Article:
· If a woman has dealt with depression in the past, they should speak about that with their OB-GYN and connect with a psychiatrist or therapist to make sure support systems are in place to reduce the likelihood or severity of a postpartum mood episode.
· Risk of PPD can be reduced with support (from a therapist, support group, friends, family, babysitters) and continued psychopharmacological treatment if the woman is already on medication for depression.
Who suffers from PPD? Is it specific to any demographic or race or ethnicity?
Anyone can suffer – any race, ethnicity, or socioeconomic status. However, there is higher prevalence of PPD in low-income women because they typically have increased stressors and less support.
What are the risk factors for PPD?
· a personal or family history of depression, PPD or mental illness
· stressful events during the past year
· short intervals between pregnancies
· problems in your relationship
· a poor support system
· financial problems or low income
· trauma or abuse
· if the pregnancy was unplanned or unwanted
· if the baby has health issues or is colicky
· And finally, women who have had IVF due to hormone issues
Are all types of PPD curable?
Yes, with appropriate treatment recovery is possible for all postpartum disorders.
What are the treatments of PPD?
· A combination of medication and counseling or therapy is the most effective treatment.
· Many women are reluctant to take antidepressant medication because of fears that it will hurt the baby while “in utero” or during breastfeeding. Some antidepressants can be used during pregnancy and breastfeeding. I encourage women to talk with their doctors about any concerns they have about side effects, however, it can be more dangerous to yourself and your child to NOT take medication if you have serious depression or PPD.
· These women also need support from friends, family, support groups, caregivers, etc.
· They need to have a healthy lifestyle in terms of sleep, nutrition, and exercise.
· For women with postpartum thyroid disorder, they will also need to work with their doctor to treat the thyroid issues.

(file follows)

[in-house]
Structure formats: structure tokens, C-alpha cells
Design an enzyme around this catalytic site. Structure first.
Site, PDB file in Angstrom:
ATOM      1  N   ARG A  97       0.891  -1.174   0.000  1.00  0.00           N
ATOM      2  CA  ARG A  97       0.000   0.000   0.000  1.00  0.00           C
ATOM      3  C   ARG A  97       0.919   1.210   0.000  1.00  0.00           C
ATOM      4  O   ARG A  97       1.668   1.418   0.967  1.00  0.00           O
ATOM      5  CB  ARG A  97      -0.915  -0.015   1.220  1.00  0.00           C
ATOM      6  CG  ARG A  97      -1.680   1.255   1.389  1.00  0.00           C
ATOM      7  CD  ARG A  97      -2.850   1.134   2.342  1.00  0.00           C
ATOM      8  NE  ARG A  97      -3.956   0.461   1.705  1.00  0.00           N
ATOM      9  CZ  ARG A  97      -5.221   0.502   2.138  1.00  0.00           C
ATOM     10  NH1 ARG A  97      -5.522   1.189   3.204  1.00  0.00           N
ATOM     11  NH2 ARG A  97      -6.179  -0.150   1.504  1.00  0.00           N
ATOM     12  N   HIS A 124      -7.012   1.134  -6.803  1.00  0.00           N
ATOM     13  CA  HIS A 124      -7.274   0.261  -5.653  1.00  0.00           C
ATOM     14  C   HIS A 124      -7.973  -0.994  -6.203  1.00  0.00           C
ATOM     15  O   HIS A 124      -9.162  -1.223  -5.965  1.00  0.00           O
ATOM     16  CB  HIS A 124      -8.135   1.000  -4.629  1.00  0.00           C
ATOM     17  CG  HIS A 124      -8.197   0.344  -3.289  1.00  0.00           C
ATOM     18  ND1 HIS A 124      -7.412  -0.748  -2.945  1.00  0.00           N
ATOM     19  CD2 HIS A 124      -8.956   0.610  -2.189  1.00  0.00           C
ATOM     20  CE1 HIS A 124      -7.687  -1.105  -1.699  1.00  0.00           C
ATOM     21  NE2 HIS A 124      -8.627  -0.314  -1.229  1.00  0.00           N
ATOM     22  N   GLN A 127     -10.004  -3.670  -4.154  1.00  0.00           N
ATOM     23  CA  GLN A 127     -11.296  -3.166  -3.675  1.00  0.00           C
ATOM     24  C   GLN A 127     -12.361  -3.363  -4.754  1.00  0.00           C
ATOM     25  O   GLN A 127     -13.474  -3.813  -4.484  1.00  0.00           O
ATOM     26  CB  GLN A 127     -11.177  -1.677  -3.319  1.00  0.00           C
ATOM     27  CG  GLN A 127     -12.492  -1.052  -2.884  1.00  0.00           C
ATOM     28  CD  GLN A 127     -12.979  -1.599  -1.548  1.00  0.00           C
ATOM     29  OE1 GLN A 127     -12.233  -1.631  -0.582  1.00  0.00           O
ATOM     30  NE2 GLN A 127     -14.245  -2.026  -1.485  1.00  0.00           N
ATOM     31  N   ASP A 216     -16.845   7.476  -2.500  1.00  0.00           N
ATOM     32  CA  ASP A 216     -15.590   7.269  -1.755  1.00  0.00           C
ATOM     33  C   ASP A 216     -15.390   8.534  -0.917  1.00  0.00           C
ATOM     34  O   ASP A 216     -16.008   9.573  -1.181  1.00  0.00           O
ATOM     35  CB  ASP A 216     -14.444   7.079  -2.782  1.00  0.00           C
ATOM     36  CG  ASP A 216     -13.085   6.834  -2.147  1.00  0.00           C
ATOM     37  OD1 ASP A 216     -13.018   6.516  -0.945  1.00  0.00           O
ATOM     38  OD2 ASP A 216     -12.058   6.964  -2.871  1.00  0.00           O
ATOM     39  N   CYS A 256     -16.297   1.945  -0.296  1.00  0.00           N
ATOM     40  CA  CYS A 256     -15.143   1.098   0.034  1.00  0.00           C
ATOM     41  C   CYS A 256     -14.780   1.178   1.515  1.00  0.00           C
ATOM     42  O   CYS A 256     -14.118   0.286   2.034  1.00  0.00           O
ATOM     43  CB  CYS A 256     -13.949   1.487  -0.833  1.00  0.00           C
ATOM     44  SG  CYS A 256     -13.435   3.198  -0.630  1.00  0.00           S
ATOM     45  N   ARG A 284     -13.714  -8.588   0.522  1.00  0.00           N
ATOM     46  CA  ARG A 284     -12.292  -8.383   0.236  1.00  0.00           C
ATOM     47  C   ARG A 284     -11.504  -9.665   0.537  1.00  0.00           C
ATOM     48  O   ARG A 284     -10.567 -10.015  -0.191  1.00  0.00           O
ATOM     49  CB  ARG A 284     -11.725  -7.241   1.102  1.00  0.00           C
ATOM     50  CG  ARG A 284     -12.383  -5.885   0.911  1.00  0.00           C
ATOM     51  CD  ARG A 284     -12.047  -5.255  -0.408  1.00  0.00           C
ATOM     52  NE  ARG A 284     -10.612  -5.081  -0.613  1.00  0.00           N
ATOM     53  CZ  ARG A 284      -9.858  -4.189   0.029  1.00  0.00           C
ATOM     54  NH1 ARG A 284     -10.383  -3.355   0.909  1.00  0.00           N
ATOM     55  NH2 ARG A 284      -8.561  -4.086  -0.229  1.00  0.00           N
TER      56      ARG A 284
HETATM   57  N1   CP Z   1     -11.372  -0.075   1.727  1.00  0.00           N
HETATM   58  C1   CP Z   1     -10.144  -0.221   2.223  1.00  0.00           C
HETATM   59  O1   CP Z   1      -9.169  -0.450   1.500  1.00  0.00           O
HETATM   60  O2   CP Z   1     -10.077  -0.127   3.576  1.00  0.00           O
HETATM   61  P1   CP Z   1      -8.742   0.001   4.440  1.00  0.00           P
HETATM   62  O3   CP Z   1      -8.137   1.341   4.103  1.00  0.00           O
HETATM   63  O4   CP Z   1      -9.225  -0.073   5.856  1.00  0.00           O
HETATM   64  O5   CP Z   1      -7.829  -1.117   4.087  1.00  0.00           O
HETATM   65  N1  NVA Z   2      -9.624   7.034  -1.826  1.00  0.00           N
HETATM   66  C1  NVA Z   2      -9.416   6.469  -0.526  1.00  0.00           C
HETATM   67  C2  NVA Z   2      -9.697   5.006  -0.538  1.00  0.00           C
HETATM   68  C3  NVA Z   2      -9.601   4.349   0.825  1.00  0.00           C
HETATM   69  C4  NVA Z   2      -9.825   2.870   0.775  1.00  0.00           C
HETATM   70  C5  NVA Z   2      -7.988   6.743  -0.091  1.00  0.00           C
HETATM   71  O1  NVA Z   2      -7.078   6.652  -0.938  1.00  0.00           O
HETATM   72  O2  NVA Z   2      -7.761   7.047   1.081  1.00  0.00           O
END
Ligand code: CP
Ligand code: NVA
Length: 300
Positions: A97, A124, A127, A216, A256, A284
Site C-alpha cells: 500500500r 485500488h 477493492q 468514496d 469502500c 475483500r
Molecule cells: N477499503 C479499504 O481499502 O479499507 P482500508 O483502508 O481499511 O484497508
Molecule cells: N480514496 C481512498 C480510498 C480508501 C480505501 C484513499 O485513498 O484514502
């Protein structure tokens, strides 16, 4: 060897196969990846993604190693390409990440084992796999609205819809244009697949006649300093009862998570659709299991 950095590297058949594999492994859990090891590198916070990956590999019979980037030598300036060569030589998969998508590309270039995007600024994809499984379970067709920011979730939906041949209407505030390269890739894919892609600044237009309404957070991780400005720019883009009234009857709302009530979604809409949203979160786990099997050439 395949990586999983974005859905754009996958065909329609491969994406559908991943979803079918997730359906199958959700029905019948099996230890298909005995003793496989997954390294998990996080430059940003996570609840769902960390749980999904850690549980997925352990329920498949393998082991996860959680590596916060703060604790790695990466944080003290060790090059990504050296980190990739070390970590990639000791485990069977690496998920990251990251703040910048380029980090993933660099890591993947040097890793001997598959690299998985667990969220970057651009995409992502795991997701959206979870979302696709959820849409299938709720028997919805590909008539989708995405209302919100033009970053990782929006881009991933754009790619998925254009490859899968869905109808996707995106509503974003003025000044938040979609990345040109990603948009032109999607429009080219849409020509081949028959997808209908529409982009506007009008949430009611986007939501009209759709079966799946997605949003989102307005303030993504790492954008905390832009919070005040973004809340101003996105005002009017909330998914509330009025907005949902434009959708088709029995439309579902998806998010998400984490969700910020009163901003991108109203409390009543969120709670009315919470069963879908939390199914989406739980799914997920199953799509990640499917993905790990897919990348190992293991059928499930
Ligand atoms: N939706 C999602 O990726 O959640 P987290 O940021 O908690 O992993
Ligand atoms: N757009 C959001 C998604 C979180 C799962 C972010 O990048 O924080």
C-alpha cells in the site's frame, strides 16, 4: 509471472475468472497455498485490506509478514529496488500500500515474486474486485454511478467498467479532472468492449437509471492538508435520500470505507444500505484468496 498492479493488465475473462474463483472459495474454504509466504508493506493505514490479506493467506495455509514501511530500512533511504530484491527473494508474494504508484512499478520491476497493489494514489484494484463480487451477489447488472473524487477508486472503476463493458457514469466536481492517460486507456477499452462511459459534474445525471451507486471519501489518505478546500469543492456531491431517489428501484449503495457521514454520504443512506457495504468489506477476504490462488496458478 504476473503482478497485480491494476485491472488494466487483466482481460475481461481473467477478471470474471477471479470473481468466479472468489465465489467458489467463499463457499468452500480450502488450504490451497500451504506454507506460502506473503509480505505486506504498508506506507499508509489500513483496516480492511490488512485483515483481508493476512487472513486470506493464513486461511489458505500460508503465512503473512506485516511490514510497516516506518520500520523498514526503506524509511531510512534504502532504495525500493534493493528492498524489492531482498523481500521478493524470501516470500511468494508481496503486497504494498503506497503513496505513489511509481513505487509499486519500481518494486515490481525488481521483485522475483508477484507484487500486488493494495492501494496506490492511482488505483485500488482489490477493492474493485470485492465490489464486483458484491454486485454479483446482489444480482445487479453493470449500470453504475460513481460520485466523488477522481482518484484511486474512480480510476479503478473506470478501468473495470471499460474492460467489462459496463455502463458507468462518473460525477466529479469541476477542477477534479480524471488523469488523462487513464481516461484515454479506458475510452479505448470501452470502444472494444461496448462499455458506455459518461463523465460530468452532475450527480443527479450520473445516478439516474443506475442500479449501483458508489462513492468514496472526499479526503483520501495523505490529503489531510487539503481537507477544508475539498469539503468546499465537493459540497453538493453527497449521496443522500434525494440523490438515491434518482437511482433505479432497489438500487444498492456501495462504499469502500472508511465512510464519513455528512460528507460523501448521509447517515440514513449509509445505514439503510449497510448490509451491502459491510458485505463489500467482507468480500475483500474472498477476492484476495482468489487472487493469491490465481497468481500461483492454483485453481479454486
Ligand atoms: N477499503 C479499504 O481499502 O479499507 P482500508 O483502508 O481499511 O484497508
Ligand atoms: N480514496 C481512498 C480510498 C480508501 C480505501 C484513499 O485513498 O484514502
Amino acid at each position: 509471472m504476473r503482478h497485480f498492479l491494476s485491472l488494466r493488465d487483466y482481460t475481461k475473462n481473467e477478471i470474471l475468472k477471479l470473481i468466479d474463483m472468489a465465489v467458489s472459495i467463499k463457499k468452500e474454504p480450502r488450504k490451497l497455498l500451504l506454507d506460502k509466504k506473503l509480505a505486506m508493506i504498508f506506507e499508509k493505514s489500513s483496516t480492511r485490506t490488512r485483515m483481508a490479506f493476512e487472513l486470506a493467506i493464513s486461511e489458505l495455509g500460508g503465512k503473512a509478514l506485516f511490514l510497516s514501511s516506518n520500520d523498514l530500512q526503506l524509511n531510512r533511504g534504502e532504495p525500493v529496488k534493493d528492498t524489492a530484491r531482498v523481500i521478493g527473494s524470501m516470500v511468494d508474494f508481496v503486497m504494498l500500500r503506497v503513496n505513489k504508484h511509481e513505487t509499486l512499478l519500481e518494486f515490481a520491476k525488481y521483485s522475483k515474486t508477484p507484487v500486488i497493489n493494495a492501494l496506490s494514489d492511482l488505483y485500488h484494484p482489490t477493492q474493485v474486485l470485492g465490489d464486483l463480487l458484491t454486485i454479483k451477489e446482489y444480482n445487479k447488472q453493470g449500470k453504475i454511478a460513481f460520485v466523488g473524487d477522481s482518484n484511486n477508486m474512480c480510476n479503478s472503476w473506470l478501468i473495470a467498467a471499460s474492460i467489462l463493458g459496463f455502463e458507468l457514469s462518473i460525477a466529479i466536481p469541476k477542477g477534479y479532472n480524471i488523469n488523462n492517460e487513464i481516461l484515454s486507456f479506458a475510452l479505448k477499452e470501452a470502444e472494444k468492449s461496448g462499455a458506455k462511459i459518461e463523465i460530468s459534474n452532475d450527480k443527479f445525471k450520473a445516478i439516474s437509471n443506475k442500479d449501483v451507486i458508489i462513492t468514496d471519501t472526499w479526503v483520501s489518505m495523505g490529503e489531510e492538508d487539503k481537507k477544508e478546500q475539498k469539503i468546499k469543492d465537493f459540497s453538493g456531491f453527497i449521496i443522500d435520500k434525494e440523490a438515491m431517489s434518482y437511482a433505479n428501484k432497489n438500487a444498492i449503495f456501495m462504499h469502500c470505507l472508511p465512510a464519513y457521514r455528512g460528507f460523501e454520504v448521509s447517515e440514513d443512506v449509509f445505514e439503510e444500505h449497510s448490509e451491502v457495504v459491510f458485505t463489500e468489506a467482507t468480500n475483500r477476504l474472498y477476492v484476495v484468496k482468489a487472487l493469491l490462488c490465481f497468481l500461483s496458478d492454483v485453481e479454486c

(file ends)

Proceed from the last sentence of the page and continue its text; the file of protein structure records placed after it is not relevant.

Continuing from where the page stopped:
· For severe cases, the woman may need hospitalization
How do therapists at Urban Balance help treat PPD?
At Urban Balance, we create a safe place for a woman to talk with a therapist who specializes in PPD to talk confidentially about her thoughts and feelings without judgment. Therapists help clients by normalizing and validating feelings and providing information, support and resources.
The research shows that cognitive behavioral therapy is very effective in reducing the symptoms of depression and anxiety. Together, we work with a client to identify thoughts, belief systems and behavioral patterns that are negatively impacting their life. With mothers with PPD, there are often fears that they are a “bad” or inadequate mother that may lead to social isolation, feelings of guilt and anxiety, and low self esteem. We work to restructure those thoughts into more positive belief systems and more proactive behaviors that empower the mother to take good care of herself and receive positive support.
If someone suffers from PPD during one pregnancy will she experience it again after a 2nd baby?
· No, not necessarily. Recurrence is about 25-50%.
· Women can reduce risk by having a plan in place for prevention and support.
· For women who had PPD with their first pregnancy, we highly recommend the book, “What Am I Thinking? Having a Baby After Postpartum Depression” by Karen Kleiman.
· Postpartum depression can develop after the birth of any child, not just the first.
How long do the symptoms of PPD last?
· If treated, symptoms can improve significantly in a few weeks.
· If untreated, symptoms may last months to years and may become chronic.
How are the children of PPD mothers affected by the illness?
· If a mother is adequately treated, there will be no difference in
· her mothering ability when compared to women w/o PPD.
· However, there are many studies showing that women who suffer from chronic, untreated depression are significantly impaired in their ability to mother. Bonding, attachment and breastfeeding may be impaired. The children of these mothers will show developmental, psychological, and behavioral problems.
How can families and husbands help if they fear their loved one is suffering from PPD?
· Be supportive, accepting and non-judgmental.
· If she is not asking for help herself, but you think she needs it, don’t hesitate to ask a professional for guidance. It is better to over respond than to under respond.
· The NorthShore University HealthSystem has an excellent Perinatal Depression Program and their hotline is 866-364-MOMS. This is available for all people living in the Chicagoland area. They can help with screening, information, resources, crisis support and connecting you with doctors and therapists who specialize in PPD.
· For more information about PPD, visit: www.postpartumprogress.com and www.postpartum.net.
Are there any misconceptions you’d like to clear up about PPD?
· This is a medical illness, not a weakness or a failure or does not mean a woman is a “bad mother”. She did not do anything to cause this or bring it upon herself.
· It is much more common than a lot of people think.
· This is not just baby blues or adjustment, she cannot just “snap out of it”.